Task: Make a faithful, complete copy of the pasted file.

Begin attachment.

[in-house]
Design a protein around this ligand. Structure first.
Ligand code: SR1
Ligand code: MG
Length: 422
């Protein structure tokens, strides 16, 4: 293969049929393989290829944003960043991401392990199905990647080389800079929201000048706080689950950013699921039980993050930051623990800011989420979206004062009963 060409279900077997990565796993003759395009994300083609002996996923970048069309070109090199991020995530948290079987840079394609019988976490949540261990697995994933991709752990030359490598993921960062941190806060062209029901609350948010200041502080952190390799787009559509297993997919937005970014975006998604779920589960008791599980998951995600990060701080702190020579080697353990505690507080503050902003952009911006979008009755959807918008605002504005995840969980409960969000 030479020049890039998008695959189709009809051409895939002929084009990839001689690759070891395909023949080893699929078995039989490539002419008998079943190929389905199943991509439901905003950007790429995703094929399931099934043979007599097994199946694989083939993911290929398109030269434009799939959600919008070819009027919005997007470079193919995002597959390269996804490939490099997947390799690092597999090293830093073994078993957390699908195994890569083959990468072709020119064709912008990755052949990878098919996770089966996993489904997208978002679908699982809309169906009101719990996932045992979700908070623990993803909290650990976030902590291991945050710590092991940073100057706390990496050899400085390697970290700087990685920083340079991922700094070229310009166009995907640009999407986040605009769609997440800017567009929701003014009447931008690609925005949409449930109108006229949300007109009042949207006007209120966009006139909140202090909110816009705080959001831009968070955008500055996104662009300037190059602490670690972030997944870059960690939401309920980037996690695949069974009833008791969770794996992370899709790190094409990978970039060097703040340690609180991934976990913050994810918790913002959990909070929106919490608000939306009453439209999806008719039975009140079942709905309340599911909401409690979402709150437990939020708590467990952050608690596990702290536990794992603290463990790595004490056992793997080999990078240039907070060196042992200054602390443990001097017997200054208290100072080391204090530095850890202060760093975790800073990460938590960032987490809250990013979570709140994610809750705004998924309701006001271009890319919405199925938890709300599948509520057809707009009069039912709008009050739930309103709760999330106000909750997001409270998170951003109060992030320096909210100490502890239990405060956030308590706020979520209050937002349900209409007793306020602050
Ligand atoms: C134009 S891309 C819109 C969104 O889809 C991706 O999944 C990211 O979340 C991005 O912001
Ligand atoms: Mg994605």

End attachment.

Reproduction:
[in-house]
Design a protein around this ligand. Structure first.
Ligand code: SR1
Ligand code: MG
Length: 422
């Protein structure tokens, strides 16, 4: 293969049929393989290829944003960043991401392990199905990647080389800079929201000048706080689950950013699921039980993050930051623990800011989420979206004062009963 060409279900077997990565796993003759395009994300083609002996996923970048069309070109090199991020995530948290079987840079394609019988976490949540261990697995994933991709752990030359490598993921960062941190806060062209029901609350948010200041502080952190390799787009559509297993997919937005970014975006998604779920589960008791599980998951995600990060701080702190020579080697353990505690507080503050902003952009911006979008009755959807918008605002504005995840969980409960969000 030479020049890039998008695959189709009809051409895939002929084009990839001689690759070891395909023949080893699929078995039989490539002419008998079943190929389905199943991509439901905003950007790429995703094929399931099934043979007599097994199946694989083939993911290929398109030269434009799939959600919008070819009027919005997007470079193919995002597959390269996804490939490099997947390799690092597999090293830093073994078993957390699908195994890569083959990468072709020119064709912008990755052949990878098919996770089966996993489904997208978002679908699982809309169906009101719990996932045992979700908070623990993803909290650990976030902590291991945050710590092991940073100057706390990496050899400085390697970290700087990685920083340079991922700094070229310009166009995907640009999407986040605009769609997440800017567009929701003014009447931008690609925005949409449930109108006229949300007109009042949207006007209120966009006139909140202090909110816009705080959001831009968070955008500055996104662009300037190059602490670690972030997944870059960690939401309920980037996690695949069974009833008791969770794996992370899709790190094409990978970039060097703040340690609180991934976990913050994810918790913002959990909070929106919490608000939306009453439209999806008719039975009140079942709905309340599911909401409690979402709150437990939020708590467990952050608690596990702290536990794992603290463990790595004490056992793997080999990078240039907070060196042992200054602390443990001097017997200054208290100072080391204090530095850890202060760093975790800073990460938590960032987490809250990013979570709140994610809750705004998924309701006001271009890319919405199925938890709300599948509520057809707009009069039912709008009050739930309103709760999330106000909750997001409270998170951003109060992030320096909210100490502890239990405060956030308590706020979520209050937002349900209409007793306020602050
Ligand atoms: C134009 S891309 C819109 C969104 O889809 C991706 O999944 C990211 O979340 C991005 O912001
Ligand atoms: Mg994605």